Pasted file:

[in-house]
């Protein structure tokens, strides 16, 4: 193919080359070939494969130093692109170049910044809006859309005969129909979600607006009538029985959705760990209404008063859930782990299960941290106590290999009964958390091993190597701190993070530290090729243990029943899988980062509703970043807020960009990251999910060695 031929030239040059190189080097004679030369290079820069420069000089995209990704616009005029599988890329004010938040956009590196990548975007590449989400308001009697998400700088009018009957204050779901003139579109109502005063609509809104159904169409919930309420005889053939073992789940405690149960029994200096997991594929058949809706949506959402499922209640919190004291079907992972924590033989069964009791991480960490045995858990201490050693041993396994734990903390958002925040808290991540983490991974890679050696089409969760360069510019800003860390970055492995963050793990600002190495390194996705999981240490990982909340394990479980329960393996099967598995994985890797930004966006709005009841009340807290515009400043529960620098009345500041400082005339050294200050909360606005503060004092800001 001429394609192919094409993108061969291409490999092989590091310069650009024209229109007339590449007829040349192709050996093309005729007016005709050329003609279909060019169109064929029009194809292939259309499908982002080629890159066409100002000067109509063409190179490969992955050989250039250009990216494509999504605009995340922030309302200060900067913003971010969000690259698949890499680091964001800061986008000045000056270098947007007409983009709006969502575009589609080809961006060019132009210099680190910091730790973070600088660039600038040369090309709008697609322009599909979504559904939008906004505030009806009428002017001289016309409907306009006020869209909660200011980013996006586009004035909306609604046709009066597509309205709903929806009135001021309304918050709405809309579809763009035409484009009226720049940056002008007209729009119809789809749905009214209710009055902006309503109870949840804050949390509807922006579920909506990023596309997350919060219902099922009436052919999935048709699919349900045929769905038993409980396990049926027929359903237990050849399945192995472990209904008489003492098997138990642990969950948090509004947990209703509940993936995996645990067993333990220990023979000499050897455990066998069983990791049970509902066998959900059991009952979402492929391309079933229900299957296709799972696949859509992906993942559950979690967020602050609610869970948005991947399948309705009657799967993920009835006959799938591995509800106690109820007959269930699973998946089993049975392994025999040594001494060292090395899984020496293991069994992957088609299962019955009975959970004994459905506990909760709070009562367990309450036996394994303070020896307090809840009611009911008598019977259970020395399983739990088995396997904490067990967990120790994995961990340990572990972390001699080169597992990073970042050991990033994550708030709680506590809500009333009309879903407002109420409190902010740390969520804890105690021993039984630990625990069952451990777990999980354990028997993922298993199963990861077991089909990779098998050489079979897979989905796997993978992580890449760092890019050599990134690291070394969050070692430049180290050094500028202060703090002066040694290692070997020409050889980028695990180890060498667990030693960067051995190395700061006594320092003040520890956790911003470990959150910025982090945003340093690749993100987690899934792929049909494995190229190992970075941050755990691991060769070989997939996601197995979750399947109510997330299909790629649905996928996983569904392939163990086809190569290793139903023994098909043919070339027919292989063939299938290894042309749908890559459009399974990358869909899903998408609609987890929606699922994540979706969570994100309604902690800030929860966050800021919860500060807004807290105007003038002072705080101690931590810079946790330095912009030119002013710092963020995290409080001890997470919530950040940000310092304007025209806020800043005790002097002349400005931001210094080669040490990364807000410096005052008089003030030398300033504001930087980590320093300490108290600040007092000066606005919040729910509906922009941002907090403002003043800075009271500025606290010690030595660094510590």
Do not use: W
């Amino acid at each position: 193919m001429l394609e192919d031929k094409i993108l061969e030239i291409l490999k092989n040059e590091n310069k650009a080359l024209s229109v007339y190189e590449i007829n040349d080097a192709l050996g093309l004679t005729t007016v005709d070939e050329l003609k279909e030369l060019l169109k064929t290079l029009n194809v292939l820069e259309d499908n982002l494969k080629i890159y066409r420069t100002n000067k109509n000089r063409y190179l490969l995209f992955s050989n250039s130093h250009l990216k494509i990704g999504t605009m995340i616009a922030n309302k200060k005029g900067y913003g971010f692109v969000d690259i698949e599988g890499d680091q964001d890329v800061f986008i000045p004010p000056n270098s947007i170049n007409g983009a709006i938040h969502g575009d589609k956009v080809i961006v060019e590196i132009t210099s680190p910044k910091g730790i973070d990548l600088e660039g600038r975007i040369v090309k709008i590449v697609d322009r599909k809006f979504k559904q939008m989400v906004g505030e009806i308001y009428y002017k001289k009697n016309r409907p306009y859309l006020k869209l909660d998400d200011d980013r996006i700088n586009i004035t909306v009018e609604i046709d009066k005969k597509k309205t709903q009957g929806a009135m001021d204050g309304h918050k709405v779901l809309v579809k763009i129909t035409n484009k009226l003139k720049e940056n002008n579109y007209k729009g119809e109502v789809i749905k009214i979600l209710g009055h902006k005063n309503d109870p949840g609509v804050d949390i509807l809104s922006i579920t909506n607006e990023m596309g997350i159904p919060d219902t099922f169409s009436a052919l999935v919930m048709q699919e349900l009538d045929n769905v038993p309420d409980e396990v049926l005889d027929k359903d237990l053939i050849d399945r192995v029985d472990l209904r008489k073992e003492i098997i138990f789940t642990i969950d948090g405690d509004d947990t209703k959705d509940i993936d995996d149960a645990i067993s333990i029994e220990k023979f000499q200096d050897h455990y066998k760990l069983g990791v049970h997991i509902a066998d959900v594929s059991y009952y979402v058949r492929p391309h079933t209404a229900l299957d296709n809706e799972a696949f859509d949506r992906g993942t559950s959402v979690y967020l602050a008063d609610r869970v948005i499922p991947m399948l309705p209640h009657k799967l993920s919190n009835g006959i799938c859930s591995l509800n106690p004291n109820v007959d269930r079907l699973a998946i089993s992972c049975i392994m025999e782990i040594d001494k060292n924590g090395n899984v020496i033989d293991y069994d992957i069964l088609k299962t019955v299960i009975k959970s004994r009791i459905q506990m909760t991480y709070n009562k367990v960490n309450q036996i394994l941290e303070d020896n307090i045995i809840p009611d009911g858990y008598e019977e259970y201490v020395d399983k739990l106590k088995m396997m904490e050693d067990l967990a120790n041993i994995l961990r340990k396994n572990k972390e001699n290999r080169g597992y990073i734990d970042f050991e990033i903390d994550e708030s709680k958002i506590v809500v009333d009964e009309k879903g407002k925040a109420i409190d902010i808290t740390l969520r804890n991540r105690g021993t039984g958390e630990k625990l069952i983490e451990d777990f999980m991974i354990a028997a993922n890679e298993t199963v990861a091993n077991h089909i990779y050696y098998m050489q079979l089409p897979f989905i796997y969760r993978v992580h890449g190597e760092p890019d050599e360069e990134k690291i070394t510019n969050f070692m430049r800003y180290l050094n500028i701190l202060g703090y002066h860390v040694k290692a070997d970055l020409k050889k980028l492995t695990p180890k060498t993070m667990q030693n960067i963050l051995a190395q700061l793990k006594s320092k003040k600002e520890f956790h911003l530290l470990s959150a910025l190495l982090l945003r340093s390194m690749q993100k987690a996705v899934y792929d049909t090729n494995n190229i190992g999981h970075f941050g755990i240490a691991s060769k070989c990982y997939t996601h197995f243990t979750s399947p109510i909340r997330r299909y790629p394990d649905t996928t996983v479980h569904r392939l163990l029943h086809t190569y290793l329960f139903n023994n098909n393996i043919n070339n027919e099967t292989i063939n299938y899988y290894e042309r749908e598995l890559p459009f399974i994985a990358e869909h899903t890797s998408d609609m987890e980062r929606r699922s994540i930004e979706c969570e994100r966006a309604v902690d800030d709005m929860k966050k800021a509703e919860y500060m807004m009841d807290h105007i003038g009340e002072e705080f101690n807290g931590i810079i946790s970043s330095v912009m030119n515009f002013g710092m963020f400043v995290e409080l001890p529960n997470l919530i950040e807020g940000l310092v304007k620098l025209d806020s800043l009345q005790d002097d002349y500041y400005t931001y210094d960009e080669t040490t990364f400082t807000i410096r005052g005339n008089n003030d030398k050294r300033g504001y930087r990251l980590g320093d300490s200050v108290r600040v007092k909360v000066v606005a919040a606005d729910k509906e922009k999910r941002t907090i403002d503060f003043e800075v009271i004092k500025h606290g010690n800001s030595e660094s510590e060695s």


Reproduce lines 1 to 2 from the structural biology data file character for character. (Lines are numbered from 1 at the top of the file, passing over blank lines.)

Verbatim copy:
[in-house]
């Protein structure tokens, strides 16, 4: 193919080359070939494969130093692109170049910044809006859309005969129909979600607006009538029985959705760990209404008063859930782990299960941290106590290999009964958390091993190597701190993070530290090729243990029943899988980062509703970043807020960009990251999910060695 031929030239040059190189080097004679030369290079820069420069000089995209990704616009005029599988890329004010938040956009590196990548975007590449989400308001009697998400700088009018009957204050779901003139579109109502005063609509809104159904169409919930309420005889053939073992789940405690149960029994200096997991594929058949809706949506959402499922209640919190004291079907992972924590033989069964009791991480960490045995858990201490050693041993396994734990903390958002925040808290991540983490991974890679050696089409969760360069510019800003860390970055492995963050793990600002190495390194996705999981240490990982909340394990479980329960393996099967598995994985890797930004966006709005009841009340807290515009400043529960620098009345500041400082005339050294200050909360606005503060004092800001 001429394609192919094409993108061969291409490999092989590091310069650009024209229109007339590449007829040349192709050996093309005729007016005709050329003609279909060019169109064929029009194809292939259309499908982002080629890159066409100002000067109509063409190179490969992955050989250039250009990216494509999504605009995340922030309302200060900067913003971010969000690259698949890499680091964001800061986008000045000056270098947007007409983009709006969502575009589609080809961006060019132009210099680190910091730790973070600088660039600038040369090309709008697609322009599909979504559904939008906004505030009806009428002017001289016309409907306009006020869209909660200011980013996006586009004035909306609604046709009066597509309205709903929806009135001021309304918050709405809309579809763009035409484009009226720049940056002008007209729009119809789809749905009214209710009055902006309503109870949840804050949390509807922006579920909506990023596309997350919060219902099922009436052919999935048709699919349900045929769905038993409980396990049926027929359903237990050849399945192995472990209904008489003492098997138990642990969950948090509004947990209703509940993936995996645990067993333990220990023979000499050897455990066998069983990791049970509902066998959900059991009952979402492929391309079933229900299957296709799972696949859509992906993942559950979690967020602050609610869970948005991947399948309705009657799967993920009835006959799938591995509800106690109820007959269930699973998946089993049975392994025999040594001494060292090395899984020496293991069994992957088609299962019955009975959970004994459905506990909760709070009562367990309450036996394994303070020896307090809840009611009911008598019977259970020395399983739990088995396997904490067990967990120790994995961990340990572990972390001699080169597992990073970042050991990033994550708030709680506590809500009333009309879903407002109420409190902010740390969520804890105690021993039984630990625990069952451990777990999980354990028997993922298993199963990861077991089909990779098998050489079979897979989905796997993978992580890449760092890019050599990134690291070394969050070692430049180290050094500028202060703090002066040694290692070997020409050889980028695990180890060498667990030693960067051995190395700061006594320092003040520890956790911003470990959150910025982090945003340093690749993100987690899934792929049909494995190229190992970075941050755990691991060769070989997939996601197995979750399947109510997330299909790629649905996928996983569904392939163990086809190569290793139903023994098909043919070339027919292989063939299938290894042309749908890559459009399974990358869909899903998408609609987890929606699922994540979706969570994100309604902690800030929860966050800021919860500060807004807290105007003038002072705080101690931590810079946790330095912009030119002013710092963020995290409080001890997470919530950040940000310092304007025209806020800043005790002097002349400005931001210094080669040490990364807000410096005052008089003030030398300033504001930087980590320093300490108290600040007092000066606005919040729910509906922009941002907090403002003043800075009271500025606290010690030595660094510590």